Although there are minor differences among the states on the amendments needed in the Act or the emphasis given to resolution of any particular issue, their proposals nevertheless reflect a broad political consensus on the need to make the Act more investor-friendly. This would make it easier for the government, which is in a minority in the Rajya Sabha, to carry out the amendments.
Even if the Congress, the proponent of the Act, refuses to support the changes, other major parties outside the government like the AIADMK, with 11 members in the Upper House, and the Samajwadi Party, with 10, could come to the rescue of the government. Congress-ruled states including Maharashtra, Assam and Kerala have also sought major relaxations of the consent and social impact assessment (SIA) clauses.
Rural development minister Nitin Gadkari, sources said, has already sent a note to the Prime Ministers Office (PMO), indicating his view that the law be amended to make land acquisition less cumbersome for industry.
The move, which could gather pace in the next few weeks with inter-party dialogues, could primarily result in a major dilution of the restrictive consent clause for public-private partnership (PPP) projects and limit the mandatory SIA to only projects above an investment threshold.
The idea is to try and make the changes in the current session of Parliament.
A broadening of the urgency clause under which land can be acquired compulsorily for the purposes of defence/ national security or in the event of natural calamities is likely. However, it remains to be seen if the states demand that they also be allowed to invoke this clause be met. Currently, only the Centre can decide whether a situation demands use of the urgency clause.
The review could also lead to a narrower definition of affected families eligible for rehabilitation and resettlement for this, the term primary source of livelihood could be revised to reduce its scope, sources added.
These industry-friendly relaxations in the land Act, coupled with easing of labour norms for specific sectors could give a boost to the manufacturing and infrastructure sectors that have also received a lot of incentives in the recent Union Budget.
FE on Tuesday reported the plans to relax Mines Act to provide more flexibility to oil companies in deploying workers on and off oil blocks and amend the Industrial Disputes Act to make retrenchment of workers in the National Investment Manufacturing Zones easier.
Industry has been up in arms against the Right to Fair Compensation and Transparency in Land Acquisition, Rehabilitation and Resettlement Act, 2013. It feels the elaborate requirements of local peoples consent stipulated in the law have, for the short period of its existence, proven to be onerous. The new law, Confederation of Indian Industry, has said, jacked up land acquisition cost by three times, rendering projects unviable and thwarting investments.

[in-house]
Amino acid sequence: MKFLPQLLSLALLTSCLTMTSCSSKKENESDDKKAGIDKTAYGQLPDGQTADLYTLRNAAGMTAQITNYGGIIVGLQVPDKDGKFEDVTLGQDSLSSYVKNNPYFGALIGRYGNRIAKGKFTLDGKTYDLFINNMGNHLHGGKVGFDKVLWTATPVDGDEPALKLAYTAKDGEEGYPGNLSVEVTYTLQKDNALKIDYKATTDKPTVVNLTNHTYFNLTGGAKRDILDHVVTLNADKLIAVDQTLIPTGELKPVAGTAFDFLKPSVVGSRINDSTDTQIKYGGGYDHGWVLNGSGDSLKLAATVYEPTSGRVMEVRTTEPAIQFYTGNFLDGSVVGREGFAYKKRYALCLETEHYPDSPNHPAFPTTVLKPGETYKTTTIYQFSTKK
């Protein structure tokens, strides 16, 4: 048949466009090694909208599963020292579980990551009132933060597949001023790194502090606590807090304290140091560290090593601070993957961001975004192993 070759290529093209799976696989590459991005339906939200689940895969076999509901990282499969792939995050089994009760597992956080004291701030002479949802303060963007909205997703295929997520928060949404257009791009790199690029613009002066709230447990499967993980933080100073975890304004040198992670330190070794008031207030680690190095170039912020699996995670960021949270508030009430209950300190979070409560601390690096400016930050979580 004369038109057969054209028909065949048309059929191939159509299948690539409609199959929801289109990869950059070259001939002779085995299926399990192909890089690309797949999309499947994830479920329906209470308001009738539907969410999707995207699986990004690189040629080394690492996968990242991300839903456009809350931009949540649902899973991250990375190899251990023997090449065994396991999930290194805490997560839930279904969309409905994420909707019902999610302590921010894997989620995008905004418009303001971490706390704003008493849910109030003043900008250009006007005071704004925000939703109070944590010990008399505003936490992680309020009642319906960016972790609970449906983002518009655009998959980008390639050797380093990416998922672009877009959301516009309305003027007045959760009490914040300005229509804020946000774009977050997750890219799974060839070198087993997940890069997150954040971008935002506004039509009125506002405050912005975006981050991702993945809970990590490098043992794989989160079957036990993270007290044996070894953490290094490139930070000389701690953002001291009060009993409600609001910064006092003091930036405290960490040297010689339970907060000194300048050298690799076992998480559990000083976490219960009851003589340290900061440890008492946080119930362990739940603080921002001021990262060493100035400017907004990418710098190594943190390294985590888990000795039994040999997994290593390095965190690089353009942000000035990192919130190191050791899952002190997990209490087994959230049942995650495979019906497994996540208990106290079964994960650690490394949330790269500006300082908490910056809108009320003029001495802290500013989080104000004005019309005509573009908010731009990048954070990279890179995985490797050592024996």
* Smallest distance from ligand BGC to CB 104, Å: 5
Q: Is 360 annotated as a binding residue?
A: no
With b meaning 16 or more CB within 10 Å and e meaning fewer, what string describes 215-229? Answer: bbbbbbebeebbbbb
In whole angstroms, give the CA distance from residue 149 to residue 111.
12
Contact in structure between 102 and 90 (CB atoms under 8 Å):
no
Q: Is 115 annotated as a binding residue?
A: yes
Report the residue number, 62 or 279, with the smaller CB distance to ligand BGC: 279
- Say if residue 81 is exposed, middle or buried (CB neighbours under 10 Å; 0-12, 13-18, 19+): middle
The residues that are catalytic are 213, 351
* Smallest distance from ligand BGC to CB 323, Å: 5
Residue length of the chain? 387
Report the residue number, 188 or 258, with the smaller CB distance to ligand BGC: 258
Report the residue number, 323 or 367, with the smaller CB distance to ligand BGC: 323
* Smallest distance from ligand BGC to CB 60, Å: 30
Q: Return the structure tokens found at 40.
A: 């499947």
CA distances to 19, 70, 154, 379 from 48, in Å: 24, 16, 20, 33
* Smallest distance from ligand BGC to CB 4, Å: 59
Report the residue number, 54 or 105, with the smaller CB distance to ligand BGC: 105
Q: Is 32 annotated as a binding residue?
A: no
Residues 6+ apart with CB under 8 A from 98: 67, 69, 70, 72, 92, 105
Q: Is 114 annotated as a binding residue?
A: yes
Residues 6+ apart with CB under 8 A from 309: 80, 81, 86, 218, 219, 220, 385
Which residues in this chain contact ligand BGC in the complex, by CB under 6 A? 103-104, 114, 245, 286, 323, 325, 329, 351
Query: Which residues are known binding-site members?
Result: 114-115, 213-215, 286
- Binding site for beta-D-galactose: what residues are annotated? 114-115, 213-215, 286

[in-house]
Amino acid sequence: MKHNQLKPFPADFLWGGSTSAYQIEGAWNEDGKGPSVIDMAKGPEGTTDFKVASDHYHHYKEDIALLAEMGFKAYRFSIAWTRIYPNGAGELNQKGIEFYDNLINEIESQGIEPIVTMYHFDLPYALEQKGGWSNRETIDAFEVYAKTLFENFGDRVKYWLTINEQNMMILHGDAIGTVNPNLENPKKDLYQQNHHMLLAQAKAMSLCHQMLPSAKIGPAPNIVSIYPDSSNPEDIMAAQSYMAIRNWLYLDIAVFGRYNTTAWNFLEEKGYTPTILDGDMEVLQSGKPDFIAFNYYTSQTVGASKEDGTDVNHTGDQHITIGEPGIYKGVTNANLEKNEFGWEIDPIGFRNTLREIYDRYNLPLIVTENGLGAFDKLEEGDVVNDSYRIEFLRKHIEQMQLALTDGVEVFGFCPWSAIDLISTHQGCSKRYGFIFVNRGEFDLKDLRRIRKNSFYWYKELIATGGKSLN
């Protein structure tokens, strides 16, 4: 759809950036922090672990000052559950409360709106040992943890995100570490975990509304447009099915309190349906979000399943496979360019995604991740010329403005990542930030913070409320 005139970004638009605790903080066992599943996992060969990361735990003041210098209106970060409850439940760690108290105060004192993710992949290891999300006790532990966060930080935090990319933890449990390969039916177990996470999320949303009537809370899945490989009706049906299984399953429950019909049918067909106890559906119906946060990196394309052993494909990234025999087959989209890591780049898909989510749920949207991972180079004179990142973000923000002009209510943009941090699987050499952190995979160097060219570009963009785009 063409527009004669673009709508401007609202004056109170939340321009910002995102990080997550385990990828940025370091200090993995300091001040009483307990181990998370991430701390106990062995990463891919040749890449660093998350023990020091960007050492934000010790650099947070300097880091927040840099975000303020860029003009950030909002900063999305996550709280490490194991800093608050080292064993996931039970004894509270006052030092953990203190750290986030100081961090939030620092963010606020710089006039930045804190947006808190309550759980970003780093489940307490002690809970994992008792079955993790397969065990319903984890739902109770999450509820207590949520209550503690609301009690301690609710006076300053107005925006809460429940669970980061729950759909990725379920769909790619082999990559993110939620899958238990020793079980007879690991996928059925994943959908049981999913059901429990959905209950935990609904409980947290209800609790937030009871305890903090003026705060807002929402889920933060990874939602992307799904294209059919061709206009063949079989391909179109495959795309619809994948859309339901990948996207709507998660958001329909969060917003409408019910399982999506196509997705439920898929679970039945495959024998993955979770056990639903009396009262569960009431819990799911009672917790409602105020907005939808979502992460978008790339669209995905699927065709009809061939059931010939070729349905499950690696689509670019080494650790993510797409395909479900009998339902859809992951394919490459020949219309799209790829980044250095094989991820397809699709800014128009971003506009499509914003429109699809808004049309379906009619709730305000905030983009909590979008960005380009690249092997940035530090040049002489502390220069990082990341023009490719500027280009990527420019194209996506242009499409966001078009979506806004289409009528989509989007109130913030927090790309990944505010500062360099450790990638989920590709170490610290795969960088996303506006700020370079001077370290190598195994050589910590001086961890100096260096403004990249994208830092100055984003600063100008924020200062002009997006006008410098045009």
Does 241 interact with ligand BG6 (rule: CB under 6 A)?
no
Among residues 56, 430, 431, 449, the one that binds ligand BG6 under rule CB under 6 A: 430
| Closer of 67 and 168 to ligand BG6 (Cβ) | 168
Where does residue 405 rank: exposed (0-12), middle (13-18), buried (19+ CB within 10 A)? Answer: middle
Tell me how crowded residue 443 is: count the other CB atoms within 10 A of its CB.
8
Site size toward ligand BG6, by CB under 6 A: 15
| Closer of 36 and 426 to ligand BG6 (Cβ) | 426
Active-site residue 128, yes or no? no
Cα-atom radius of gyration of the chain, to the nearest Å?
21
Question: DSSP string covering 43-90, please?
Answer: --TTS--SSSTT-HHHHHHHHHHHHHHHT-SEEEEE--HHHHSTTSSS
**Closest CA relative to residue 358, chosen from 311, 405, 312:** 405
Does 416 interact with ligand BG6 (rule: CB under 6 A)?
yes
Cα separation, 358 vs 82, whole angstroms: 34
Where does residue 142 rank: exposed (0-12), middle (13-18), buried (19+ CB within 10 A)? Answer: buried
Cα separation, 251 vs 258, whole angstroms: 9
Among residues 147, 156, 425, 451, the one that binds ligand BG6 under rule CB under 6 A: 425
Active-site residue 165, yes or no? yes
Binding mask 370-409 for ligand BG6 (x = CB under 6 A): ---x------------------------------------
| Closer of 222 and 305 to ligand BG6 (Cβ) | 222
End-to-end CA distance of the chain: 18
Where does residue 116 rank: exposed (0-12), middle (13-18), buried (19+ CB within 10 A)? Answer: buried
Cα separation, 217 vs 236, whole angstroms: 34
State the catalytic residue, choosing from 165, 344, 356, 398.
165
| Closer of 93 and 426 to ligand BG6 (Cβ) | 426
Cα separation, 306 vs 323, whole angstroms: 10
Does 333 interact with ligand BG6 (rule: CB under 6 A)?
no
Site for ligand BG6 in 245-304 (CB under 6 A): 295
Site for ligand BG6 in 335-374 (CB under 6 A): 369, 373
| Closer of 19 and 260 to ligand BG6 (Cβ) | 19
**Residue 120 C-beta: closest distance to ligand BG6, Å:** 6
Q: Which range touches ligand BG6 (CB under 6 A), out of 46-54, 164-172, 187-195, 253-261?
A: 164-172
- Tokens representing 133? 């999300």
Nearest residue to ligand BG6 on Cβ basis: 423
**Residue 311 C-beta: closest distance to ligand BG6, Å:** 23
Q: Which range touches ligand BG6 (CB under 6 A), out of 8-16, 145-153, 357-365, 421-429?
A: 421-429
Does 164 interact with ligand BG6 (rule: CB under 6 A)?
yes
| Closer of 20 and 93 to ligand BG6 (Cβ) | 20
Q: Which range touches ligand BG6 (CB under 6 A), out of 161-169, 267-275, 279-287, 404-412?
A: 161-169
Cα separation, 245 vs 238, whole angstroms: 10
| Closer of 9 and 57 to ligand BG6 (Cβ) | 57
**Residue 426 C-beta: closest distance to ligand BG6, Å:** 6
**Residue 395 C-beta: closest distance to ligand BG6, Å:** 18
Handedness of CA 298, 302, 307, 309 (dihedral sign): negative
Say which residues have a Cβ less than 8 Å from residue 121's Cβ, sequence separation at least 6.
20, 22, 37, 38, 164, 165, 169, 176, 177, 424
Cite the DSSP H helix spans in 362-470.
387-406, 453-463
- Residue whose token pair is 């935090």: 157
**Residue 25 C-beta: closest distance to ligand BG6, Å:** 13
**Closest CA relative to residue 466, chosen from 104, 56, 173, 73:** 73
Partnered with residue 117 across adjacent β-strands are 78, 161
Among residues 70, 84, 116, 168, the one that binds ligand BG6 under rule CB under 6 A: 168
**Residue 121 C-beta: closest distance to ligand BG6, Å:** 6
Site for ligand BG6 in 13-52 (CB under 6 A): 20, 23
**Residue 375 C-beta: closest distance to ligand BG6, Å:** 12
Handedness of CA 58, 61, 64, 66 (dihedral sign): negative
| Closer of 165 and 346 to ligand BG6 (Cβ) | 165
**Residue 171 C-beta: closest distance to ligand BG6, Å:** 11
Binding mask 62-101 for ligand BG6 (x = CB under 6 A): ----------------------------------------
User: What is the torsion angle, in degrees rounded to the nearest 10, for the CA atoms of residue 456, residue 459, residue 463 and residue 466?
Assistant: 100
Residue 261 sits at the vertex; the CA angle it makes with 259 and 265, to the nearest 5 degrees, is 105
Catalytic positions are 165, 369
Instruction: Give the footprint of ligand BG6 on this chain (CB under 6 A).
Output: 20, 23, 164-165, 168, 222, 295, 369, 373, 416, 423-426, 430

Uttar Pradesh and Madhya Pradesh, two of the country's largest states, have asked for doing away with the consent clause for PPP projects as the land is taken only for those projects that serve public purpose. While Gujarat government has also asked for re-look at the consent provisions, Haryana has proposed that either it be abolished or the consent requirement could be only of 50% of the affected people. States such as Chhattisgarh and Kerala too have asked for re-examining the provision.
The Act stipulates mandatory consent of at least 70% of the affected people for acquiring land for PPP projects and 80% for private companies involving projects serving public purpose.
Uttar Pradesh, Gujarat, Chhattisgarh, Karnataka, Madhya Pradesh and Maharashtra have asked for abolition of SIA and public hearing, saying these could lead to delays in industrial projects.
In general, however, states have not opposed the compensation amounts prescribed in the law double the market value of the land in urban areas and four times in rural areas, although Kerala, being an evenly urbanised state, said the disparity could lead to disputes.
Madhya Pradesh and Kerala have asked for abolition of impact assessment in the case of small projects like road widening, construction of new roads, canals and schools.
States have also asked for scaling down the retrospective clause, (which allowed higher compensation for land acquired five years before the implementation of the new Act but compensation hasn't been paid), saying this could lead to litigation. The provision which stipulates that land acquisition proceeding would lapse in case compensation is not paid or physical possession is not taken should be modified, the states said.